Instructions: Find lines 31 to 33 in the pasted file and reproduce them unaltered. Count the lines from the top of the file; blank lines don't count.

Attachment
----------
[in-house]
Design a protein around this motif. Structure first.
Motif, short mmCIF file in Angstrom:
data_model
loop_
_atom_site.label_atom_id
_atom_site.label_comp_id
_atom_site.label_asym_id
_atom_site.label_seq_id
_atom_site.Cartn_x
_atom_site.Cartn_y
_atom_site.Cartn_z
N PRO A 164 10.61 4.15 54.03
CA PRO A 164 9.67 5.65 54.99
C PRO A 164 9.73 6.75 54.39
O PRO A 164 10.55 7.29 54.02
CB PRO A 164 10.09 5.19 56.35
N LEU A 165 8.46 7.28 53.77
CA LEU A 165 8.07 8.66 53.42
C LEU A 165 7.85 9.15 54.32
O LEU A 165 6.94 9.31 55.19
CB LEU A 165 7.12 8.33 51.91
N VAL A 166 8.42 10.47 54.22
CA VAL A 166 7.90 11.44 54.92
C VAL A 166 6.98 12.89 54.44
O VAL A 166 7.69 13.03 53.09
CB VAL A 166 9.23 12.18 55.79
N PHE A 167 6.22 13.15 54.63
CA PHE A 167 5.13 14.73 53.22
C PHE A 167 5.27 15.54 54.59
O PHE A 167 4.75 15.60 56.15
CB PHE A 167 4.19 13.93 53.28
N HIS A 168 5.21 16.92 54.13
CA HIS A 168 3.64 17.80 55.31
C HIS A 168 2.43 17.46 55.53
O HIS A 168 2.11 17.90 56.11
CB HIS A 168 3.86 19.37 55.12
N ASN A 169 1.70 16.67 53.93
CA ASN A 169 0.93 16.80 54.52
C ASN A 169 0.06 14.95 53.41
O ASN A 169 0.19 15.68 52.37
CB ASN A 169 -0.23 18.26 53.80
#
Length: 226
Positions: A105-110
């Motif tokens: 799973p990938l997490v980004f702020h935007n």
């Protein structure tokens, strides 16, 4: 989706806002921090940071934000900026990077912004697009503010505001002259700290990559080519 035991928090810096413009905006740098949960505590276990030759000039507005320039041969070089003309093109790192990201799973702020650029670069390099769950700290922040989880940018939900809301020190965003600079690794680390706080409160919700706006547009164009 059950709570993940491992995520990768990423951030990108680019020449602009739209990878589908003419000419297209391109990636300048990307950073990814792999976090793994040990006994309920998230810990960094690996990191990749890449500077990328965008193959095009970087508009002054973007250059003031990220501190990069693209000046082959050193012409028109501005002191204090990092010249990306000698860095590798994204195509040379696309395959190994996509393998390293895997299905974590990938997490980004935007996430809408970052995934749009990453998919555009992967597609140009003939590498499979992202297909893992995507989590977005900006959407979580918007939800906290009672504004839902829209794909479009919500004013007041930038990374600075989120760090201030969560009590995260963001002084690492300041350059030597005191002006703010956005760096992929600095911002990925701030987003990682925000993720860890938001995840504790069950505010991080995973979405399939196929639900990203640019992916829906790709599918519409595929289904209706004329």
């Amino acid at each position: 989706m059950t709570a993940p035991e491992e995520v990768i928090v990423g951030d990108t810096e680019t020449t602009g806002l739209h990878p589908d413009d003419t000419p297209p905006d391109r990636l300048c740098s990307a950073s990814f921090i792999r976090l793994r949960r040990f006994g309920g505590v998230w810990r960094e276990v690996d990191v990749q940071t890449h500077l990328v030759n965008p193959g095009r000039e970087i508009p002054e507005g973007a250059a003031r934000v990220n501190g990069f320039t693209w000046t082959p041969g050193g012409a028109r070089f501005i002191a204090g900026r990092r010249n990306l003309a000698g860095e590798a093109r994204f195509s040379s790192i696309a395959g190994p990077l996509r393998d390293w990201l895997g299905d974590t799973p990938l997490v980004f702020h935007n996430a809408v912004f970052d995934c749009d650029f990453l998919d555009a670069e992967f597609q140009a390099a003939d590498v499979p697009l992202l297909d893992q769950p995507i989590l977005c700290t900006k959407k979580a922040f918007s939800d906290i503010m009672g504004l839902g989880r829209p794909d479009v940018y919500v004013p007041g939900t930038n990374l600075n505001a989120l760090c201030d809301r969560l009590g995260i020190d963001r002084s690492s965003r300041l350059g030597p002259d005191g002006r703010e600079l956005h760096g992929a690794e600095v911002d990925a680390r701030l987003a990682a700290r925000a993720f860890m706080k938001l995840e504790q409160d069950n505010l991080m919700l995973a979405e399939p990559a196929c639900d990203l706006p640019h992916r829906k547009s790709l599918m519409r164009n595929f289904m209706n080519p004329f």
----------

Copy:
O PHE A 167 4.75 15.60 56.15
CB PHE A 167 4.19 13.93 53.28
N HIS A 168 5.21 16.92 54.13